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OPEC Still Sees Oil Markets Balancing This Year

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OPEC150420173519-opec-animation-1024x576 acknowledges that it is still producing more oil than its customers can consume, but says a drop in output by producers outside the cartel will begin a “rebalancing” of prices in the coming year.

In its Monthly Oil Market Report, issued Monday, OPEC said demand for its crude averaged 29.9 million barrels per day in 2015, while the group was producing an average of 31.85 million barrels per day throughout the year.

This excessive production came despite declines in output during the year by several leading OPEC members. Saudi Arabia production dropped by 58,000 barrels per day to 10.1 million barrels per day by December 2015; Iraq’s output was down 31,000 barrels per day to 4.3 million barrels per day; Kuwait’s drilling produced 23,000 fewer barrels per day, down to 2.7 million barrels per day; and Nigerian production dropped by 77,000 barrels per day to 1.8 million barrels per day.

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Still, the oil glut persisted because such production decreases, particularly in Saudi Arabia and Iraq, didn’t balance with an even lower demand from OPEC’s customers. Saudi Arabia designed the low-price strategy aimed at making oil production too costly for competitors in North America and Russia, and has refused to make more significant output cuts unless other producers agree to do the same.


The 104-page OPEC report finds that there will be greater demand for the group’s oil in 2016, with customers consuming an average of 31.65 million barrels a day throughout the year because the market will be “supply-driven” as competitors, beset by low prices, continue to cut back severely on capital expenditures ranging from exploration to new drilling.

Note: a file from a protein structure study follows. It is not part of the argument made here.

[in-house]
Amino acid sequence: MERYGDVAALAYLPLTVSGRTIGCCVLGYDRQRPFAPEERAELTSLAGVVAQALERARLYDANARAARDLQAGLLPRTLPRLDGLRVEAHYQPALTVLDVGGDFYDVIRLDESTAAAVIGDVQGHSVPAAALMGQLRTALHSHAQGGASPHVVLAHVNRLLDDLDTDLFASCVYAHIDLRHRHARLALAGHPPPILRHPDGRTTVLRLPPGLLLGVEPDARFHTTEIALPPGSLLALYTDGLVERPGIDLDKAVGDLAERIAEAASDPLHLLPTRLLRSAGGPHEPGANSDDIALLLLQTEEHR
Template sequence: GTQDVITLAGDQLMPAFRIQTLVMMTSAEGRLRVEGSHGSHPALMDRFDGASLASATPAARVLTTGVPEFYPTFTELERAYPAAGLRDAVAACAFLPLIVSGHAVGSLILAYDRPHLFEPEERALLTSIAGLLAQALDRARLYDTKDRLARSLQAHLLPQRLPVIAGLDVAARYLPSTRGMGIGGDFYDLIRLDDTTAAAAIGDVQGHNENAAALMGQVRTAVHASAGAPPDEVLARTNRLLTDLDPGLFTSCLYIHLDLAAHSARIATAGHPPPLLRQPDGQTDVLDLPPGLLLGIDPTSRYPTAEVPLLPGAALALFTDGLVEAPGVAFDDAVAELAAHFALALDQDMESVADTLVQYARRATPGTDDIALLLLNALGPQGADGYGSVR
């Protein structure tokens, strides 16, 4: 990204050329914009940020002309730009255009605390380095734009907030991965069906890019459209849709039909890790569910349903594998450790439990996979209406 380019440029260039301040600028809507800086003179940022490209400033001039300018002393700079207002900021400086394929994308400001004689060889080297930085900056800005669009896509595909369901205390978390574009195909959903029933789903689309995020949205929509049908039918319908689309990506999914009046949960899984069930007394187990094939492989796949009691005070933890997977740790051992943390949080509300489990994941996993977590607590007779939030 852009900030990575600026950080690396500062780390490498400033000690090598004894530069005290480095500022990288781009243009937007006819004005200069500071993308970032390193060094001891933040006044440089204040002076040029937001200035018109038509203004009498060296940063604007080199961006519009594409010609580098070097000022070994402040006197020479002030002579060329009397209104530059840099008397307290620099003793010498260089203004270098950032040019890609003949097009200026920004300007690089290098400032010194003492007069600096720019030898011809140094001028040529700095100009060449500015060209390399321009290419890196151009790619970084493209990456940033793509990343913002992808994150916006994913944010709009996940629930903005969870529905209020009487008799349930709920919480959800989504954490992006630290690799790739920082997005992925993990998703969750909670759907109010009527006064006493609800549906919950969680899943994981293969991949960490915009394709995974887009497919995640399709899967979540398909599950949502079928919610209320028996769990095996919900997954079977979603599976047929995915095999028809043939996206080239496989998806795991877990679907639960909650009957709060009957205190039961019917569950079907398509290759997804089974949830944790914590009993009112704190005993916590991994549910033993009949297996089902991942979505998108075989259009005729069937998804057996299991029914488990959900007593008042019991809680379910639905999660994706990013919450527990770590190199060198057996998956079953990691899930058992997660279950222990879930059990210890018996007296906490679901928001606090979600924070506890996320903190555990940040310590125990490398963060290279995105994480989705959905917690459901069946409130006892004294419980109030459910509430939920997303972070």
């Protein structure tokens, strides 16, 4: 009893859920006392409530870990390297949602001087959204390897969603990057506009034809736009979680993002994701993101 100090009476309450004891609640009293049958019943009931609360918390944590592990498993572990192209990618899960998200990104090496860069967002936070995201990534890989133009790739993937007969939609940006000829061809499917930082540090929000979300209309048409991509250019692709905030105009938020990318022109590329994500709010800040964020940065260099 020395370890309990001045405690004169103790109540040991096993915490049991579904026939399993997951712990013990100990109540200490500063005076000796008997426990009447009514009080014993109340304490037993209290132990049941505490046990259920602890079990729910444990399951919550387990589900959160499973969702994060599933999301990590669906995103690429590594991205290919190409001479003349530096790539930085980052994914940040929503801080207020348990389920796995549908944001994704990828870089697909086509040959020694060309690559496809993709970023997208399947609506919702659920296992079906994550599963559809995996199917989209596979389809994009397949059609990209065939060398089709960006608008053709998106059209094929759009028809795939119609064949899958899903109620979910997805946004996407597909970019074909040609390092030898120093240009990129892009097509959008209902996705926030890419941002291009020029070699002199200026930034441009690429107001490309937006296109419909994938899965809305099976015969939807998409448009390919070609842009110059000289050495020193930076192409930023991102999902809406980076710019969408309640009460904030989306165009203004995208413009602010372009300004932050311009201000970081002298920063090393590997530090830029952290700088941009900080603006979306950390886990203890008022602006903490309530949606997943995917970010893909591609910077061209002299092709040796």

“It will also be the year when the rebalancing process starts,” the report said. “After seven straight years of phenomenal non-OPEC supply growth, often greater than 2 [million barrels per day], 2016 is set to see output decline as the effects of deep capex cuts [by non-OPEC producers] start to feed through.”

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Until a balance is restored between supply and demand, though, Saudi Arabia is willing to endure the current low price of oil, even as its own budget, heavily reliant on energy revenues, faces a deficit of $98 billion, or 15 percent of gross domestic product, for fiscal 2016.

On Sunday, Saudi Oil Minister Ali al-Naimi, who is considered to be the architect of OPEC’s price war to regain market share, said Sunday that he’s “optimistic” that oil prices will recover, though he conceded that any rebalancing will take “some time.”


The report said a price recovery is expected to cause the most pain among companies drilling in the United States, who rely mostly on hydraulic fracturing, which isn’t profitable unless the average global price of oil is around $60 per barrel. It’s now dropped to about half that.

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The cartel’s report said U.S. production will drop by 380,000 barrels per day in 2016 from nearly 13.5 million barrels per day. Other areas that it sees as “particularly vulnerable” because of dramatically reduced capital expenditure are parts of Asia, as well as Canada, Latin America and the North Sea.

OPEC’s report adjusted its expected supply levels to include Indonesia, which resumed its membership in the group in December after a seven-year hiatus. The document noted that Indonesia’s output in 2015 averaged 700,000 barrels per day in 2015.

What the report didn’t mention, however, was the outlook for Iran in 2016 as it returns to the world market now that it’s free of Western sanctions. That may be a major oversight. Iran’s oil minister, Bijan Namdar Zanganeh, says it intends to resume production almost immediately to 500,000 barrels per day, and could double that output “after a short while.”